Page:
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Monday, 18 August 2014


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Thoughtful piece. I think the comparison is more with music or film than with wine and cheese. Some food needs to 'age' because that is how it gets finished off. But I wonder if what we are really appreciating is scarcity.

With the audio/visual arts the passage of time lets us become aware of underlying subleties. Music played on the radio has certainly immediate appeal but you wouldn't want to listen to it for years. Other music takes time to grow on you, it is not the music which is maturing, it is ourselves. So I suppose it is the same with photographs which have any 'artistic' aspirations.

It's been the first time in years that I'm using a monitor that's uncalibrated for over a month. I could see the shoe. But it didn't bother me so much. Actually I quite liked the picture with it in.

I agree that it is easiest to judge a photograph when you look at a print. Despite all the high-end monitors and sorting tools, I like to print my potential keepers on either 8x11.5 or sometimes 9 photos per Super A3 sheet.

On the same note, when shooting 4x5 these days, I dearly miss Polaroid and Fuji's instant film. I know I should be able to judge everything on the ground glass, but when in doubt I used to take an instant shot, look at the composition, and sometimes reevaluate.

Mike, Regardless of the state of your vision (mine is deteriorating too) you can determine whether an area is totally black in Photoshop using the Threshold or the Curves tool. In a Threshold layer. Just move the slider back and forth* to see whether the whole area appears/disappears at once. If there are lighter areas they will show up as you move the slider. If there are lighter parts just select the area of the lighter bits (lasso them) and burn them in on the image layer then ditch the Threshold layer.

*My grandfather was fond of saying that the expression should be reversed, "forth and back", since you can't come back until you have gone forth. Something to ponder as we go forth into a new week. :-)

On my (calibrated, but seven years old at this point) 30 inch HP LCD monitor, I can't quite see the shoe in the image, but it takes only a tiny adjustment in the curves dialog to make it visible. That puts it in the range such that I would almost certainly notice it when printing the image, but it would probably escape notice until then.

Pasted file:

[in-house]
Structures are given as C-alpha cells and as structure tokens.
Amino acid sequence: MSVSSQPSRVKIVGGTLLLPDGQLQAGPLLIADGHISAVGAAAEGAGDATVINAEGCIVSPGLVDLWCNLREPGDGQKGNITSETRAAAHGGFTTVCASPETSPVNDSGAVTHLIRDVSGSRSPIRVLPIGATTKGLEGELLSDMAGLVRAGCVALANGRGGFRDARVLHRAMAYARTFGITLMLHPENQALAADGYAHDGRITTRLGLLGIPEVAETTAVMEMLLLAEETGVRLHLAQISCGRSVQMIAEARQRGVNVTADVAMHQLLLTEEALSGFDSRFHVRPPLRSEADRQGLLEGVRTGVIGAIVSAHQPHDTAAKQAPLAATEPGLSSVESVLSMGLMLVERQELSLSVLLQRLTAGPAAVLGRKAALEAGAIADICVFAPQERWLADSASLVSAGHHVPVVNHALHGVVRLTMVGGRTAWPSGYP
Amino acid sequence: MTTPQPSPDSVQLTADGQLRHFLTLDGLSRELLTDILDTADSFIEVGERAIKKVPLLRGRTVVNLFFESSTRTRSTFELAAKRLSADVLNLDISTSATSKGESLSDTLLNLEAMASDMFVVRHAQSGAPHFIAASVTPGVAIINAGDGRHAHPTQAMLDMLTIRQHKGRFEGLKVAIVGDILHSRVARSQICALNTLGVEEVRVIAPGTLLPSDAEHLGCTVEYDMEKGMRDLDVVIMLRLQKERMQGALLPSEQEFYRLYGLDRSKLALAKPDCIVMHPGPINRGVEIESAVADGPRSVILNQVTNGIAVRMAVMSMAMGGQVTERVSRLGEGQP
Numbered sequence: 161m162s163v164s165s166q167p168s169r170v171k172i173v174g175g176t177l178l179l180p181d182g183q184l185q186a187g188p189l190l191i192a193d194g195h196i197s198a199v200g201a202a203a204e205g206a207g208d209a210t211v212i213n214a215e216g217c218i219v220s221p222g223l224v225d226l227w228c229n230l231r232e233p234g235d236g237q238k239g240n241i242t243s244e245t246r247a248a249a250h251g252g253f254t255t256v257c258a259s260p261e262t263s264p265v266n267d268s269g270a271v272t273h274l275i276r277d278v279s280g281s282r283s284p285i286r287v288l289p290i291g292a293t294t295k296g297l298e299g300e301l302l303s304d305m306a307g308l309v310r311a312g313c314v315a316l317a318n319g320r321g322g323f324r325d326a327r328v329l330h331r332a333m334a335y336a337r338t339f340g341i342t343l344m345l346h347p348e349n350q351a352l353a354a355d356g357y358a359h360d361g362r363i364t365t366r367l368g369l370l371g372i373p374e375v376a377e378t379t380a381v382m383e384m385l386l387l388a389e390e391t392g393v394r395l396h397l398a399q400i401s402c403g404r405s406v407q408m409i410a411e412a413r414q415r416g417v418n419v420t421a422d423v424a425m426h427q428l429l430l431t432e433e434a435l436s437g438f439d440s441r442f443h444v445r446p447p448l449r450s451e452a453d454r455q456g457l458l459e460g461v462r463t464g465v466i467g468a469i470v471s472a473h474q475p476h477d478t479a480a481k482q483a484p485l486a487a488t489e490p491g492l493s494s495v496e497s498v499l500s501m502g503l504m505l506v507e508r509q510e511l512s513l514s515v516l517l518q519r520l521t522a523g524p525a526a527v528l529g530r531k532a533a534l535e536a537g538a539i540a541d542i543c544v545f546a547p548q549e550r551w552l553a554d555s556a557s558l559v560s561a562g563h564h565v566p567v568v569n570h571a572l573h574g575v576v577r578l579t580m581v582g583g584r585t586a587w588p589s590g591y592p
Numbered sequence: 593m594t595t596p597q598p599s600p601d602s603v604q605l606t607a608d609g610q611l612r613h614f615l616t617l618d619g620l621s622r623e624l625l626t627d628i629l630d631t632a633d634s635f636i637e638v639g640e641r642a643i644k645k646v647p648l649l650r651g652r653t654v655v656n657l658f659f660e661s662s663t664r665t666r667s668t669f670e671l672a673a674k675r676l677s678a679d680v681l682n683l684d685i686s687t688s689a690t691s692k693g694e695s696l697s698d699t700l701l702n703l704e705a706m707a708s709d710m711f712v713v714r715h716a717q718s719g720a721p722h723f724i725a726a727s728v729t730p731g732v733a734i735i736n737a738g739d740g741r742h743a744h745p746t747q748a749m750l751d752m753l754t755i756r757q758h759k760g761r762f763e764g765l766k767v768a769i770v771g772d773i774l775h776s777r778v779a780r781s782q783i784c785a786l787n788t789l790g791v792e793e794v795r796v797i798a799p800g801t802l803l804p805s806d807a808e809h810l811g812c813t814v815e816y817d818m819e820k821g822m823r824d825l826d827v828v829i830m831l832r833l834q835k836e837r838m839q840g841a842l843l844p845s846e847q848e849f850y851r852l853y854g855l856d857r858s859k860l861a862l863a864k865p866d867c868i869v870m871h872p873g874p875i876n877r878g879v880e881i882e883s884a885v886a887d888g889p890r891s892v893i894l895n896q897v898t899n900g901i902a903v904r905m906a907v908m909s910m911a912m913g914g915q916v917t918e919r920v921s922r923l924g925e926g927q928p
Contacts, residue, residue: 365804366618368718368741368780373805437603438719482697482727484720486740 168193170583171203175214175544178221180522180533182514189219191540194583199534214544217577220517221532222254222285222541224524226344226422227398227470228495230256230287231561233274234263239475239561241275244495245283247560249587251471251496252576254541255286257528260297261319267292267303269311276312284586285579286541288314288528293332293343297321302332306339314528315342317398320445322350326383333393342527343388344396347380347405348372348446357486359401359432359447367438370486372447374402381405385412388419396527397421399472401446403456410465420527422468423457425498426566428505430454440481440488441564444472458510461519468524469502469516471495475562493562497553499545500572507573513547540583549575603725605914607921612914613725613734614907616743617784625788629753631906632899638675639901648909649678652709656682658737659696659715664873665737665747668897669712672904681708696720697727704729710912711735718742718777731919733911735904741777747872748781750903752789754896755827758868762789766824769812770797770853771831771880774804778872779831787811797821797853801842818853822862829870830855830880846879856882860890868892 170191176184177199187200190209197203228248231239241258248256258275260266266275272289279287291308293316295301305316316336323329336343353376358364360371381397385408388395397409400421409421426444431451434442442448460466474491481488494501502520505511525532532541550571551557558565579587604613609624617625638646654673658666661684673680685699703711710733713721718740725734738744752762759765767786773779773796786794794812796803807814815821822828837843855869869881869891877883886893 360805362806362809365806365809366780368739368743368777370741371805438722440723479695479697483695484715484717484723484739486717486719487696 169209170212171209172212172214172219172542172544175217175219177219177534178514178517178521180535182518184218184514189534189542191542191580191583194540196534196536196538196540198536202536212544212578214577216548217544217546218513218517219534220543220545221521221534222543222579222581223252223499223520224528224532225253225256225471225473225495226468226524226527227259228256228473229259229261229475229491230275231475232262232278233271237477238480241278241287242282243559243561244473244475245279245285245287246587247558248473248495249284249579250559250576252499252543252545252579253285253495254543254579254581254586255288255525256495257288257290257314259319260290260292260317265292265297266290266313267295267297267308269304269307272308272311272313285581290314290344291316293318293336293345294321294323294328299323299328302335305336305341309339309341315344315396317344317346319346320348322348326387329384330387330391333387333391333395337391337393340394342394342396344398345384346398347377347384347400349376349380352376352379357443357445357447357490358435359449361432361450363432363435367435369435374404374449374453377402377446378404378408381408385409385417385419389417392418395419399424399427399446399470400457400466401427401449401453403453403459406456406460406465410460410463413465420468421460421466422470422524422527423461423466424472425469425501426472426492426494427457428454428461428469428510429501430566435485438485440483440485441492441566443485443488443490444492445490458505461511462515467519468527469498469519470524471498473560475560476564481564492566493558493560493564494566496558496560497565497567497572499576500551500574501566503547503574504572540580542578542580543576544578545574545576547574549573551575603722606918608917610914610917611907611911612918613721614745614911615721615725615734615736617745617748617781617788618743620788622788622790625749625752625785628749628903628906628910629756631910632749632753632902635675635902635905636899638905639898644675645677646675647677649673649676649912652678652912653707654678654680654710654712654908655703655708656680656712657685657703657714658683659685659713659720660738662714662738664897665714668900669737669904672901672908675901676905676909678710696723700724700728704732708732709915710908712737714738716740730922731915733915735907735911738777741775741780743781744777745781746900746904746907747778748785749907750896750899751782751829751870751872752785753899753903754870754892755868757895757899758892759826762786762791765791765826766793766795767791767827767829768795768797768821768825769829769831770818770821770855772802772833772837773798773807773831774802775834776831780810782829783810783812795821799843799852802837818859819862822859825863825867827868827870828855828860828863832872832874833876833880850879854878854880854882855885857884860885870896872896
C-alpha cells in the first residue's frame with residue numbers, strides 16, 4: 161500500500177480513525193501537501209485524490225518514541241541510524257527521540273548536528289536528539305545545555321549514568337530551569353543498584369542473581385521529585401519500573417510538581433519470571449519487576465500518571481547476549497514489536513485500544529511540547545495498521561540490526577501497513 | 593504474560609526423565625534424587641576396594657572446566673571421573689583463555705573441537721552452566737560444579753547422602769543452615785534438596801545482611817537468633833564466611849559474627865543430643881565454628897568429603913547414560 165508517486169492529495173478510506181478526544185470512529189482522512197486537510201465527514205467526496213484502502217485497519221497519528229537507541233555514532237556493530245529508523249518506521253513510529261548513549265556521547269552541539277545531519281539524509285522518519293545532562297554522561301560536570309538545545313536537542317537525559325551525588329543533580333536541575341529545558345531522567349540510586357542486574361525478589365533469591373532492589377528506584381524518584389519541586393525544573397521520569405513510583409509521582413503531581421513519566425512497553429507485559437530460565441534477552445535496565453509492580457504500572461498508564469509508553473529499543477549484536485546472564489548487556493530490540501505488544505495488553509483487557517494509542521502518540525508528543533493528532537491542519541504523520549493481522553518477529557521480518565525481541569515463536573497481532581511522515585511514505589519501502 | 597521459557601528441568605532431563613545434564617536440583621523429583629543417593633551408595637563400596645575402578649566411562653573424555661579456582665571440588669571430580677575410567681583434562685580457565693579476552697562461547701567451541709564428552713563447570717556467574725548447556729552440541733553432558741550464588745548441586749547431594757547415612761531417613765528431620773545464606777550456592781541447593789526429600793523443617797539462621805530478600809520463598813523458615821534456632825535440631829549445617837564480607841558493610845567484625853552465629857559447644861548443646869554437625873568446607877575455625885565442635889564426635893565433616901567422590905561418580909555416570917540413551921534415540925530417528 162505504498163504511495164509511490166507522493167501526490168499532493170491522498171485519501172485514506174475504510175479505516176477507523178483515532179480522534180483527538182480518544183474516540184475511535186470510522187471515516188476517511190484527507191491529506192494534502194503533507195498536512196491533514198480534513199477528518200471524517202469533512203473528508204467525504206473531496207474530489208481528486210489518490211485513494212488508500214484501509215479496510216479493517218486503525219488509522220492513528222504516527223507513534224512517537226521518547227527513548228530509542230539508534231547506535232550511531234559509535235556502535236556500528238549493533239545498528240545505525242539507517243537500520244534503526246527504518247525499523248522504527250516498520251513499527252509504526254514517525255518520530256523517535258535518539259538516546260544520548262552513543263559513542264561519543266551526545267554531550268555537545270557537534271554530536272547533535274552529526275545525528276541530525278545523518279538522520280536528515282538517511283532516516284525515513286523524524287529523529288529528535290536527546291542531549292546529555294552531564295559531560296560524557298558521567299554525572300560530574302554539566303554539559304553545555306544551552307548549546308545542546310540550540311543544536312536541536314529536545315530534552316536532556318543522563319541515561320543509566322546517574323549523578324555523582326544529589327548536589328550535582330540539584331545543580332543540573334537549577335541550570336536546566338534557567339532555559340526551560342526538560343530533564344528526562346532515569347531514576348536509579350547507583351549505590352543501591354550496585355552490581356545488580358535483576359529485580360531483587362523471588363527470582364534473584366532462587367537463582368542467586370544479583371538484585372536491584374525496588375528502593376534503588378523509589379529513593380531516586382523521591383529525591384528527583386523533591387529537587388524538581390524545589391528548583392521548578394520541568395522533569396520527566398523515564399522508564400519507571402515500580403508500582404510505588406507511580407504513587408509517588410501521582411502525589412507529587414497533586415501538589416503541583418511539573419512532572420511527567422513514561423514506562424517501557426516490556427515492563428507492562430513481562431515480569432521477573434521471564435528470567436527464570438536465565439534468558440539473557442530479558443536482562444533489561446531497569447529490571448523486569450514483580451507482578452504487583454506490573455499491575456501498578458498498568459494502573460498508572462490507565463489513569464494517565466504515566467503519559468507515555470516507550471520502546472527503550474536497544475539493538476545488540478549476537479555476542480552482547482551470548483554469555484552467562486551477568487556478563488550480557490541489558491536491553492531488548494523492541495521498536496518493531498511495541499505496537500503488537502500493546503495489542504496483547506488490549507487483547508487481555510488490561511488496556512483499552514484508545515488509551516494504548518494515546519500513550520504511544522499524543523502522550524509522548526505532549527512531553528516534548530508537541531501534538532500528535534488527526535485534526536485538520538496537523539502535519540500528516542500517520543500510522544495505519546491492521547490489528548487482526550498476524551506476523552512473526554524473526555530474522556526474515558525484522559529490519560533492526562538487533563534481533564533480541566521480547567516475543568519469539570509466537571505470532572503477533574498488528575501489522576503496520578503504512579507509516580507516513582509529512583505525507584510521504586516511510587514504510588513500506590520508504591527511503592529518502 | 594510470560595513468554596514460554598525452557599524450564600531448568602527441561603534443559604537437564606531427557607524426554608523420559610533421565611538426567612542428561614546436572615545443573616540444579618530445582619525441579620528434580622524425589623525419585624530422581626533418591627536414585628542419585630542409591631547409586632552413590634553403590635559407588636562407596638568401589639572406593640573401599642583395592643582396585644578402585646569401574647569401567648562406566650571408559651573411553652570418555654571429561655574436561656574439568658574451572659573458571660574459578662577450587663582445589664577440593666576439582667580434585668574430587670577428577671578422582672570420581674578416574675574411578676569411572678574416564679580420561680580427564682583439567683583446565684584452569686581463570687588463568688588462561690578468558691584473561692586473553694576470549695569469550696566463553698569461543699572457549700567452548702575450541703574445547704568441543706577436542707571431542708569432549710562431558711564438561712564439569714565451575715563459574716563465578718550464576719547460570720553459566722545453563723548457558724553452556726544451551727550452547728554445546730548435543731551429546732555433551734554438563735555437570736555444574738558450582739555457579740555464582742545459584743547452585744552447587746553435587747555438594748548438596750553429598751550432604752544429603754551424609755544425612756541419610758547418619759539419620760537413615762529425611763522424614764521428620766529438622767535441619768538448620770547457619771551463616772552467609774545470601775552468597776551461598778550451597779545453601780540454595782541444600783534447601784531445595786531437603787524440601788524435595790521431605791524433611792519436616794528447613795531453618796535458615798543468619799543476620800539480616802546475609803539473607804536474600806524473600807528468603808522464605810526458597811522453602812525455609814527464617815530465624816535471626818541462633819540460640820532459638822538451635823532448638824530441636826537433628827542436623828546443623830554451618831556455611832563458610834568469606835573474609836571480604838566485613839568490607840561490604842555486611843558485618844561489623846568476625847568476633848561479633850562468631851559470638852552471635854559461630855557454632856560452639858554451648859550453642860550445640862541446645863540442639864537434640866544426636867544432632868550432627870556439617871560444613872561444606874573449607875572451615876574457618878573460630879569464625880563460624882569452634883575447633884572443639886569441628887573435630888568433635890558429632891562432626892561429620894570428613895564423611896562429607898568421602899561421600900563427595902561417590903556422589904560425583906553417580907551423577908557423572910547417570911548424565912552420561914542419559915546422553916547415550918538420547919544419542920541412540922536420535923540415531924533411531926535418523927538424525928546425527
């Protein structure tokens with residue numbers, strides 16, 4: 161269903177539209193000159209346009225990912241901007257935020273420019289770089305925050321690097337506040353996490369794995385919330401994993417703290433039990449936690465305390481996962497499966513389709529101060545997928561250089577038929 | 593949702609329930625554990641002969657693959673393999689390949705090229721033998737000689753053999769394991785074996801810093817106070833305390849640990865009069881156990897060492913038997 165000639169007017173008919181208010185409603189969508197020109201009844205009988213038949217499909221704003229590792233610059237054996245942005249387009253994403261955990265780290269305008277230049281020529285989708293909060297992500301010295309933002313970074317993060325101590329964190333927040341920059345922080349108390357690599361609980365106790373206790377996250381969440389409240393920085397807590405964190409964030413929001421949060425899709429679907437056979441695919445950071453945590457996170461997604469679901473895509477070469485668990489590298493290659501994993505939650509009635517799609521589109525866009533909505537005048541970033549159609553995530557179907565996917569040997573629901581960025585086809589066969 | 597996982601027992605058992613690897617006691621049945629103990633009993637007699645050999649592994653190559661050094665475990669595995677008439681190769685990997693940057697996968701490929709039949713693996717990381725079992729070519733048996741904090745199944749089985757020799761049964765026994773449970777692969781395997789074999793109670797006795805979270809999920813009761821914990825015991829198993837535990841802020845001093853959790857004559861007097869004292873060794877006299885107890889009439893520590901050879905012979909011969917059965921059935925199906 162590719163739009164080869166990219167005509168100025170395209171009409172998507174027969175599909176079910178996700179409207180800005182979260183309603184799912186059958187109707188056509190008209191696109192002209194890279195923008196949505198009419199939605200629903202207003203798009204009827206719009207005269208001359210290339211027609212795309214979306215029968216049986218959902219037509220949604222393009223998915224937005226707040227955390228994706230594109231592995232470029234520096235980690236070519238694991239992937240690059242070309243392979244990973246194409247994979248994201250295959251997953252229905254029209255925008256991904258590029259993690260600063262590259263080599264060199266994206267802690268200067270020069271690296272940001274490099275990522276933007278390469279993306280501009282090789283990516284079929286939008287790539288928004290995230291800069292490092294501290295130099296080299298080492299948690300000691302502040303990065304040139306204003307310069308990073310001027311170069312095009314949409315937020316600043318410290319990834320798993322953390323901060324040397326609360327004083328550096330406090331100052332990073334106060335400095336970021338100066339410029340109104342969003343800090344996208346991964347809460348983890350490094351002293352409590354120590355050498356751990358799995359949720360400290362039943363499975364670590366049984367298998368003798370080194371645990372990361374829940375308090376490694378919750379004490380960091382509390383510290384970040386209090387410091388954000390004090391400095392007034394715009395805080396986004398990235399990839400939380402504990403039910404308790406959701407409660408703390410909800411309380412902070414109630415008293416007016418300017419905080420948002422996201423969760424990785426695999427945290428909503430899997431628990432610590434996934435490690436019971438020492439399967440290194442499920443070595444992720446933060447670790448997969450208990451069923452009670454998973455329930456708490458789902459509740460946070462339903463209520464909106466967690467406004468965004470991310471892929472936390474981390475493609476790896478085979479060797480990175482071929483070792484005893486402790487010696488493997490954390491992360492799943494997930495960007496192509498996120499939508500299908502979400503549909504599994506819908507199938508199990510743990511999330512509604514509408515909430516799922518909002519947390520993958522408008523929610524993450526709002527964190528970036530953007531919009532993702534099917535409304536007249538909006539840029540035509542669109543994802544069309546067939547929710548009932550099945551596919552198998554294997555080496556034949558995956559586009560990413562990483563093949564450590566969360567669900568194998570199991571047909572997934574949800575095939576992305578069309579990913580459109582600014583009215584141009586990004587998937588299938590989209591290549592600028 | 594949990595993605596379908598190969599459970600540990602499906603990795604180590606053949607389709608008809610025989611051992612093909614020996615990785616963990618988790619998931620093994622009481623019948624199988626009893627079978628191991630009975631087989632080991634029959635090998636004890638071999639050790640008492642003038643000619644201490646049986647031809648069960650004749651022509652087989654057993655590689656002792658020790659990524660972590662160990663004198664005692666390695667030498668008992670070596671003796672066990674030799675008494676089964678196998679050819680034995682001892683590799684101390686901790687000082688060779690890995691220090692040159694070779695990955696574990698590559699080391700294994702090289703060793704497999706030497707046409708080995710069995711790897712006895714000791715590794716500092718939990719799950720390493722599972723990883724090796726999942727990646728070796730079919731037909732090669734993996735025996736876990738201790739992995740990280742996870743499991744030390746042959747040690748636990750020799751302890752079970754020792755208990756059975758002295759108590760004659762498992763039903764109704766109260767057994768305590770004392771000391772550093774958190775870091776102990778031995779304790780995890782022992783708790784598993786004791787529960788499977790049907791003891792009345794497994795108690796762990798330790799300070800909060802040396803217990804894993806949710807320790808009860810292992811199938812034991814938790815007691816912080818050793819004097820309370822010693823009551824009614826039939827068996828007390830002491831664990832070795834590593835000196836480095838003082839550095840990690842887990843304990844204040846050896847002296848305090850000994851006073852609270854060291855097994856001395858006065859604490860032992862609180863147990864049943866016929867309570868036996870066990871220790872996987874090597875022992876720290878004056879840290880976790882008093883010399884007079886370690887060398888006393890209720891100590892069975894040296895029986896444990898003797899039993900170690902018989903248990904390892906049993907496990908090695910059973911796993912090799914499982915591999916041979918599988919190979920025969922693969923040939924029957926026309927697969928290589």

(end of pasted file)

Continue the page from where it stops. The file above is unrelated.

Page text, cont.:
But I like the one with the shoe (kidding, of course). I also have an iMac, and my night vision is getting worse even at 48. I saw no shoe.

At my best I do what you did with your dog legs photo, work it. At my worst I take a snap and move on, then get home and think, gee, should have worked on that more.

I'm ahead of you in the moving process (closed on July 14th, movers showed up a week later) but as I type I can look to my left in my nice new basement and see that my printer still is not hooked up. A new extra-long cord will arrive shortly, so I will be printing by tomorrow, I think.

It's a lovely picture.
Re the shoe: I did not see it yesterday, so when you pointed it out I went back and looked. Still didn't see it. All my displays are calibrated.
Modern computer displays are set very bright from the factory.
Calibration has my brightness slider somewhere near 5/8-up on the scale. I raised the slider to 3/4-7/8 and the shoe was clearly visible.
It may not be your eyes.

Regarding 'aging': I think many of us, if we are honest, experience exactly what you describe. Part of it is just as it should be, we pressed the button with high expectations---we're 'rooting' for them to succeed. We then eliminate easily the clear misses and turn our attention to the few or perhaps the one.
We all go through the long and slow vetting, and given enough time it is easy to end up at "What was I thinking"

If we do photography professionally, we are forced to do our best, make our selections and let them go to stand on their own, for better or worse. We are then forced to move on and make more work.
I know you are not talking about professional work, but I raise it only to bring up the idea of letting go ---even when there is no external pressure to do so .
Moving on to do more work is the only way we build a body of work. "Doing the Work" is sometimes more important than the work we produce.
For myself, I very much Identify with your aging process, but at some point make the best print I can make and either tear it up or put it in the flat files to take it;s place with the other 'mile markers' of the journey.
When I go through those accumulated mile markers, if I am honest I cannot find a single picture that couldn't be better in some way----but taken together I am proud of the work.
This adds a bit of discipline and frees me to go do more.
I'd be interested to know what you and others think of a mildly enforced "Letting Go"

If I may, I would like to share with you my thoughts on your doggy photo.